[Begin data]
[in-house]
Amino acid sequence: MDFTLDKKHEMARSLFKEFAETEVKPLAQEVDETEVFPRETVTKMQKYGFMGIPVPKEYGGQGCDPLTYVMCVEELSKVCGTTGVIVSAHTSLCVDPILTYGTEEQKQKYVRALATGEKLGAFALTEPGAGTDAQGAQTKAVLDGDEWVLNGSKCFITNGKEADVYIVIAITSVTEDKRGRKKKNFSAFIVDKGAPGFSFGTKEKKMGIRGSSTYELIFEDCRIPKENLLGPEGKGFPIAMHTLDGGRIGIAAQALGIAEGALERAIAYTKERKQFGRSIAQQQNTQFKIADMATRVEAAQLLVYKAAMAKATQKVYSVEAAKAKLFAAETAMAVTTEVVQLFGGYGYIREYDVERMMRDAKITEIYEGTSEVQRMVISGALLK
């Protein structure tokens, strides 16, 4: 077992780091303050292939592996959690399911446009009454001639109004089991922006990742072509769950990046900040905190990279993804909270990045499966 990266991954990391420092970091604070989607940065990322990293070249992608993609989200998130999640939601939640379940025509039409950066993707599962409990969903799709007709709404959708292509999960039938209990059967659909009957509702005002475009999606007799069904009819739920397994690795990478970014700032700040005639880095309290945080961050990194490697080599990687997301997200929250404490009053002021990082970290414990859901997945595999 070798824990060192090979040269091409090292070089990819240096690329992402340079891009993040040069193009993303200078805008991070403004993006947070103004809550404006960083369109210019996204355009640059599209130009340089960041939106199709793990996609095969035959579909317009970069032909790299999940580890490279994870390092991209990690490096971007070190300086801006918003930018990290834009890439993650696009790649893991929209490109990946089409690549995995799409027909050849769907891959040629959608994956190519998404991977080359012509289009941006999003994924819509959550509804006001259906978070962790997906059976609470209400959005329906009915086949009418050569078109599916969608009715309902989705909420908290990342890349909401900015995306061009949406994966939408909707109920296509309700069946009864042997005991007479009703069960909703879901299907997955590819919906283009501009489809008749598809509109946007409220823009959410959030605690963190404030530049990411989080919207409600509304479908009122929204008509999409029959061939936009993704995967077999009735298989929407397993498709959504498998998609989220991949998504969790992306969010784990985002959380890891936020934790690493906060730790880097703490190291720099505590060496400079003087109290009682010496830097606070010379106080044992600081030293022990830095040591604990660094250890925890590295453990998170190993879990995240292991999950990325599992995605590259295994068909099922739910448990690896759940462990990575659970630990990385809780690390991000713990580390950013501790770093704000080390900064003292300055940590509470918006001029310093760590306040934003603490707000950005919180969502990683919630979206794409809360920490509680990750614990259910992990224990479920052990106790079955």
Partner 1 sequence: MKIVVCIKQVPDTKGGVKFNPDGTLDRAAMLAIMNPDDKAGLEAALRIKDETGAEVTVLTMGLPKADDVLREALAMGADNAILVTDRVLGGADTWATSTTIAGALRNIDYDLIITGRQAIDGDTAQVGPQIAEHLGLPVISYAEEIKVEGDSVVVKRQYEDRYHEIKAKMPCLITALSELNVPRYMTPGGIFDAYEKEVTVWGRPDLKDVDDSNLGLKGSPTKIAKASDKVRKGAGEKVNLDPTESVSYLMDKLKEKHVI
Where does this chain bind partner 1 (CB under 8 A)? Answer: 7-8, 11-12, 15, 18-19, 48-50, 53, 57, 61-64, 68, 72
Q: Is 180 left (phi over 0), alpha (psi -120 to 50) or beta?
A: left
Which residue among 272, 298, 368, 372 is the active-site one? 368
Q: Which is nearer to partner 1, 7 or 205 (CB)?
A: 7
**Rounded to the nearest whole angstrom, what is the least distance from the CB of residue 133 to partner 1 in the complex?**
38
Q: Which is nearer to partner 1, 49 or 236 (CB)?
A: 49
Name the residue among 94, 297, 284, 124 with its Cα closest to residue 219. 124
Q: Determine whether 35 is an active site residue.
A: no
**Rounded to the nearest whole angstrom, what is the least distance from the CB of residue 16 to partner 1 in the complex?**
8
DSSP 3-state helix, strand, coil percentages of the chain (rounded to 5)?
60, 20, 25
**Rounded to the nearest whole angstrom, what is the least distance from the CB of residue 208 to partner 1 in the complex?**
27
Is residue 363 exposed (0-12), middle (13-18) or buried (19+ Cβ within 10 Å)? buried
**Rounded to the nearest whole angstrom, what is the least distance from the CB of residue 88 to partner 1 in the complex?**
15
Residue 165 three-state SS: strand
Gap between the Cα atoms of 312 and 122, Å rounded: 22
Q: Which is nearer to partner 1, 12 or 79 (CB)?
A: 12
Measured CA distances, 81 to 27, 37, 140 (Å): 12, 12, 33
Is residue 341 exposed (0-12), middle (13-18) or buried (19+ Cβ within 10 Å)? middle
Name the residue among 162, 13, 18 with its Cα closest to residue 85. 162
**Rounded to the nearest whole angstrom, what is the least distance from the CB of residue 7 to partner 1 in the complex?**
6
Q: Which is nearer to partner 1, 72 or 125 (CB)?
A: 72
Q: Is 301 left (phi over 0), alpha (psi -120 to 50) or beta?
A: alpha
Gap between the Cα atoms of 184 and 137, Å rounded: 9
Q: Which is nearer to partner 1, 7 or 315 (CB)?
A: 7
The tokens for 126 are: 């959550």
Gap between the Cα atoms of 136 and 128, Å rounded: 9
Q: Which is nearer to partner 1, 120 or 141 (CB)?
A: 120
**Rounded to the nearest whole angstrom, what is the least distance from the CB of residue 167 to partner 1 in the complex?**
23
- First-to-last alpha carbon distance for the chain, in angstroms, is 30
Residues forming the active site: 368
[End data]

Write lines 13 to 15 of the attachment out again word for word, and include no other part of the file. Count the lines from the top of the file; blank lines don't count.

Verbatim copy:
Q: Which is nearer to partner 1, 49 or 236 (CB)?
A: 49
Name the residue among 94, 297, 284, 124 with its Cα closest to residue 219. 124